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Why handcrafting Cameroonian drums is a dying art


Although locally produced drums are an integral part of music across various tribes in Cameroon, this traditionally handmade instrument is falling out of use due to the increased use of modern instruments. Drums are typically played at traditional cultural events, but some modern recording artists have shown an appreciation for their ancestors, too.

“Our forefathers understood the need for these musical languages even before the white man came with guitars and the other instruments,” says Mola Mongombe Na Liomo Ngaka, a musician who plays modern Njoku jazz.

“We, the musicians, need those instruments to be able to speak that particular language.”

He sings in the Bakweri language, using traditional drums in his music.

“These instruments have a language that they speak, we don’t just play them because they’re around,” says Mola Mongombe, his stage name.

Vital custom

Using drums as part of a musical performance or for dance are vital to the Bakweri culture, a community living in the Fako division of southwestern Cameroon.

The Elephant Dance, known as Maley in Mokpe local language uses three different types of drums, including the litembe, ezunga gombo, and ezemba. It is performed annually in Buea, the capital in Cameroon’s South West region.

“The combination of these three drums gives us a melody that is irresistible, that makes you want to dance,” says Mola Mongombe.

“That’s why so many people got into Maley, because those instruments have a way of pulling you into the performance,” he says.

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In Cameroon, the masquerades, or special dances, are believed to clean the land from all evil spirits, says musicologist Erick Nwenty.

“We have a four set of drums, or base drums. It is used like the engine of the instruments, just like a car has an engine,” he says.

“We also have the side drums, which are called the ‘solace’. These accompany the master base drum. Then we have another one called mombale in our local Sawa language,” he says.

The musician playing the long mombale base drum must be able to sing and play the drum at the same time, he says.

The power of traditional drums

Craftsmen such as George Tifungton, aka Pa Drummer, have worked with clients for years-he’s been in the business for nearly three decades. Nothing beats a handmade drum, he says.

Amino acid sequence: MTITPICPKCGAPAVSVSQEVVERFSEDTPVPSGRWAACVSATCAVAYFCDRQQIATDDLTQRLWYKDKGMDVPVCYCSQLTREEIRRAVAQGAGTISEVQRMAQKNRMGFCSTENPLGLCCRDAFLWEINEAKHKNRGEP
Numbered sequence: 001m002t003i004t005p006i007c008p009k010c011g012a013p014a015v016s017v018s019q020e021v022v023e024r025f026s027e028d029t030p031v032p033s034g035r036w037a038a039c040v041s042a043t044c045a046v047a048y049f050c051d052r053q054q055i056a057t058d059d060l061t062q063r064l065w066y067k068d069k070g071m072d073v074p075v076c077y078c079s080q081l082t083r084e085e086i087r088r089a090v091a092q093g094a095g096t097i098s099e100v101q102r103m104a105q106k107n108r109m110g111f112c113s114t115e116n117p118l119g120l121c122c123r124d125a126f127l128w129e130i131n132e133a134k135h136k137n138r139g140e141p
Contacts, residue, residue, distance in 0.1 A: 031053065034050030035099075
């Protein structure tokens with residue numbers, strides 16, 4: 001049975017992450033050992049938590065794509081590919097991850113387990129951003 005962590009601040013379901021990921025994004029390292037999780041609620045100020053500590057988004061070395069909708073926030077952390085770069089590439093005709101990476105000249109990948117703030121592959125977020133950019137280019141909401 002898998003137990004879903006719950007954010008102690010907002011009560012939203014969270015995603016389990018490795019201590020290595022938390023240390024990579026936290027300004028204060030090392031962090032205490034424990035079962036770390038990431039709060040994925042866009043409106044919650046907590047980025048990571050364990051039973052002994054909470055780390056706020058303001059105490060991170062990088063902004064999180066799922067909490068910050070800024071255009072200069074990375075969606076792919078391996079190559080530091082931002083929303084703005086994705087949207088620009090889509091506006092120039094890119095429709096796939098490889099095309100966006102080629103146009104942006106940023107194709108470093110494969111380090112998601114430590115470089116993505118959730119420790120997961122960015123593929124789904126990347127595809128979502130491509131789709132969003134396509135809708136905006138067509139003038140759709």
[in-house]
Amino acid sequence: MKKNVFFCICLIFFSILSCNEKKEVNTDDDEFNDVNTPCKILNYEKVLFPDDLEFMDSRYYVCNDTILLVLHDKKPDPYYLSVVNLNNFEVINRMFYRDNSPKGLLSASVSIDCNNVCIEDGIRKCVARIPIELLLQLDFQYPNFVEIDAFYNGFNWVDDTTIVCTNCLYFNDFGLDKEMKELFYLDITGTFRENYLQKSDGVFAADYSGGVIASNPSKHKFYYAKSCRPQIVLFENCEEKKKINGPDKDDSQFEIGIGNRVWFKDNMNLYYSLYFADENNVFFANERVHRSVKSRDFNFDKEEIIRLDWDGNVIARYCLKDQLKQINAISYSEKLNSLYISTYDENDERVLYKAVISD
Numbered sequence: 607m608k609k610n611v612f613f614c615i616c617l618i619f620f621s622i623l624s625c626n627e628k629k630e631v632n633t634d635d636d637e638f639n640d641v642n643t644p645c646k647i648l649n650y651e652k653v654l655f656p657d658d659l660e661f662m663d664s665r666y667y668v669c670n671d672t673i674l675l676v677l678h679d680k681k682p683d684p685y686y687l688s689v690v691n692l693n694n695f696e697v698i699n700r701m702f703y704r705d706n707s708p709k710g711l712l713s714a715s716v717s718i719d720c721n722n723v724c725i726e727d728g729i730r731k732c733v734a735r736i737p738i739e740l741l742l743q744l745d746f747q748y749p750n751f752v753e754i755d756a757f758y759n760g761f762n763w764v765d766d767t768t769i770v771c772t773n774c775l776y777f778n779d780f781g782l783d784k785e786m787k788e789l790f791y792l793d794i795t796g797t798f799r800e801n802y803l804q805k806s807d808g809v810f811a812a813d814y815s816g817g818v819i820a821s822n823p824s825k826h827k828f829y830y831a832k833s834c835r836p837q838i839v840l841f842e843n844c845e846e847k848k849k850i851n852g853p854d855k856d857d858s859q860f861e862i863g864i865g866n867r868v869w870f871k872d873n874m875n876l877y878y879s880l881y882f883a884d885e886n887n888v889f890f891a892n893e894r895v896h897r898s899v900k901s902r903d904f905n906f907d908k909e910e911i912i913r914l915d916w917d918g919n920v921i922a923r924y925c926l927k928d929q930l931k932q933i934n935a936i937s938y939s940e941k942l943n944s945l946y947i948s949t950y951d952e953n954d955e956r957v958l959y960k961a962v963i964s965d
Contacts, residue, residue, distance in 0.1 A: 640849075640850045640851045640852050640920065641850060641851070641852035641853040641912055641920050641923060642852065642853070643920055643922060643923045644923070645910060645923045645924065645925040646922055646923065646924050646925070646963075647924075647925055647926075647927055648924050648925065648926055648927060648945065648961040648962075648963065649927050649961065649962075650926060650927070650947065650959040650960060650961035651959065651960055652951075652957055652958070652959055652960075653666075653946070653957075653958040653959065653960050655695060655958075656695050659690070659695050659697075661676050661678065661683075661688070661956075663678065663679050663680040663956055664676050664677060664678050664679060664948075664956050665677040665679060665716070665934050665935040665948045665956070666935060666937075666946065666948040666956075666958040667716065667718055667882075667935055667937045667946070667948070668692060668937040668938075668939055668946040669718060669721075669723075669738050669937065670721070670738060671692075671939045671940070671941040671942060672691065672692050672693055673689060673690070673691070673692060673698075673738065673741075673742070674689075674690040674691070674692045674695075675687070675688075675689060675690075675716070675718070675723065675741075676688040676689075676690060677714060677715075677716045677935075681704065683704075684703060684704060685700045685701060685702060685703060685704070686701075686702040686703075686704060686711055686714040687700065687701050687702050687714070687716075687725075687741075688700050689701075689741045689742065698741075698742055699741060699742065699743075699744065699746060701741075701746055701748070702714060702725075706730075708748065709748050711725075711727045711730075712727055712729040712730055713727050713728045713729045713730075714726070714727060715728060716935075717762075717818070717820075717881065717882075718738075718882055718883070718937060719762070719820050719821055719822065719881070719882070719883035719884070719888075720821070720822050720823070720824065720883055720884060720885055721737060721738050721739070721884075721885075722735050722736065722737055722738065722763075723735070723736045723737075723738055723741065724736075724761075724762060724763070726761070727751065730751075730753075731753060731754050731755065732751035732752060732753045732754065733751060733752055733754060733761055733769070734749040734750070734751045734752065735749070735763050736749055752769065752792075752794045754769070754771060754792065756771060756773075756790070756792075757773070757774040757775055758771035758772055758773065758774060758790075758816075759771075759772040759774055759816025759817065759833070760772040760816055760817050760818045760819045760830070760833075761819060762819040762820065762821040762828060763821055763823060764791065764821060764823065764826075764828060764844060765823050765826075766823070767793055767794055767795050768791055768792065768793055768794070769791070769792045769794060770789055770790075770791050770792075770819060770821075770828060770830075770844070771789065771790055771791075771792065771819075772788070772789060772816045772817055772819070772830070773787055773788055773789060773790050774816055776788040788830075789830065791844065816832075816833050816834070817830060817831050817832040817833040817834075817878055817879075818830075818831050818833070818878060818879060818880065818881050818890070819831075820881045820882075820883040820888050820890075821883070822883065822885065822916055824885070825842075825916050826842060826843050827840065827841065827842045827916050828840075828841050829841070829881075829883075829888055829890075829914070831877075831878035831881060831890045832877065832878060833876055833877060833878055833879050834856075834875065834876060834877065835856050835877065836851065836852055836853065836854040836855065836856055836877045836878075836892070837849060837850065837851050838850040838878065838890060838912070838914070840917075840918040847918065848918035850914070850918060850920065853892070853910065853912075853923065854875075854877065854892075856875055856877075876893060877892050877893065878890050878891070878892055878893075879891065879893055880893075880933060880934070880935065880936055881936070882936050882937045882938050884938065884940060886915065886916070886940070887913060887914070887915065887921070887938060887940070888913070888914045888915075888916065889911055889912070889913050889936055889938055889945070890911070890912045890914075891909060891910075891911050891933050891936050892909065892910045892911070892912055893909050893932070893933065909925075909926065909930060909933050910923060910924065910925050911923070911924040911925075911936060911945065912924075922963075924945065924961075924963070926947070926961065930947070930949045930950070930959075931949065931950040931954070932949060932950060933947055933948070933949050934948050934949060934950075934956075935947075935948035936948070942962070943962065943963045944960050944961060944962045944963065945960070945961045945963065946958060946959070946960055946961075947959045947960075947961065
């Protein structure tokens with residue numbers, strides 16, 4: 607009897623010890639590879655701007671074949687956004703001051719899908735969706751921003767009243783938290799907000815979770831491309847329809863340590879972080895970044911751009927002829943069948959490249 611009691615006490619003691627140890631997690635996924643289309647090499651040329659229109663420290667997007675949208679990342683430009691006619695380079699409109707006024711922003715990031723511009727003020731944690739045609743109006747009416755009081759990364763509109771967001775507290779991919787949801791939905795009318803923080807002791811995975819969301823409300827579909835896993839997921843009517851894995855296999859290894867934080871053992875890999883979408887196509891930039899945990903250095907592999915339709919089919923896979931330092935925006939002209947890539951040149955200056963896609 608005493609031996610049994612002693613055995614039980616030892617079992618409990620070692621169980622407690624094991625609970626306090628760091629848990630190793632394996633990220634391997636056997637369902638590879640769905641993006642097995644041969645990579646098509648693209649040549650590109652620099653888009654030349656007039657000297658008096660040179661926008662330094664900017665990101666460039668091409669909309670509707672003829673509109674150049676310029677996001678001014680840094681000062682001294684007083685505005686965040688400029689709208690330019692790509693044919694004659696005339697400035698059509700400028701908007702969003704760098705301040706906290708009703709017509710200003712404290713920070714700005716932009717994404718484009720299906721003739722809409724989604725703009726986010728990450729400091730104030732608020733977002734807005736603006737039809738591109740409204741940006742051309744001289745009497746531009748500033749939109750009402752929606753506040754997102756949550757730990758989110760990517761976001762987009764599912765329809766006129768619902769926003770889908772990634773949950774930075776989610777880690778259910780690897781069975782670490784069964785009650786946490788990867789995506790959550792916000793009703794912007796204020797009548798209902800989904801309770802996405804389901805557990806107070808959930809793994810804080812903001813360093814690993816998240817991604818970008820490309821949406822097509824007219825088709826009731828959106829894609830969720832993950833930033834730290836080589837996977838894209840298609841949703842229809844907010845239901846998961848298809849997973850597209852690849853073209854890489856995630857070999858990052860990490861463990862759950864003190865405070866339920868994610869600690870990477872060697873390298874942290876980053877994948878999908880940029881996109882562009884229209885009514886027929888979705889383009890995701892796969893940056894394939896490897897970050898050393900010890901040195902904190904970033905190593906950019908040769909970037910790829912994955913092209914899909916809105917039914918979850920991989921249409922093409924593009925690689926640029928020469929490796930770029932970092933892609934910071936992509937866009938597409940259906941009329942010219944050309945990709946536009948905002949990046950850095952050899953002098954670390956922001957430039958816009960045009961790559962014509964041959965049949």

“I fabricate all types, such as the Bamelike drums, Bayangi drums, Younde drums, and Bamenda drums. You don’t depend only on one type of drum,” he says, speaking to Africa Calling from his workshop in Montengene, in the South West region.

“You have to know what kind of drum people like and you have to make it according to their own taste,” he says, while putting last-minute finishing touches on a base drum.

Pa Drummer trains his sons in the craft, passing on his important drum-making skills. Testing the drums is also very important, as he says they ‘speak’ in different tones according to their size.

“This one is the big one, then we have the three quarter, then there is the small one. You have different sounds,” he says while his son Stanley Tita, hits each drum to demonstrate the differences in tone.

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Tita, also known as Pikin Drummer, works alongside his father. He grew up amidst drums, watching his dad throughout the drum-making process.

He says he’s an unusual case, though – many youths don’t want to put in the hard work and effort, he says while working.

“What I’m doing now is trying to clean the drum with a machete, so it is stressful,” says Tita, adding that his generation doesn’t want to sweat and get dirty while working.

“If it’s a machine doing this, they won’t hesitate to learn,” he says.

The lack of qualified drum craftsmen is worrisome, especially for people like Mola Mongombe who uses a traditionally made drum in his song “Moname”.

He says that modern technology does not give the same satisfaction when it comes to making music.

“Unfortunately with the advent of computers, people don’t make use of drums like they used to, but the sound you made with a computer is not the same as what is produced with our local instruments,” says Mola Mongombe.

This story was originally heard on RFI’s Africa Calling podcast.

Originally published on RFI



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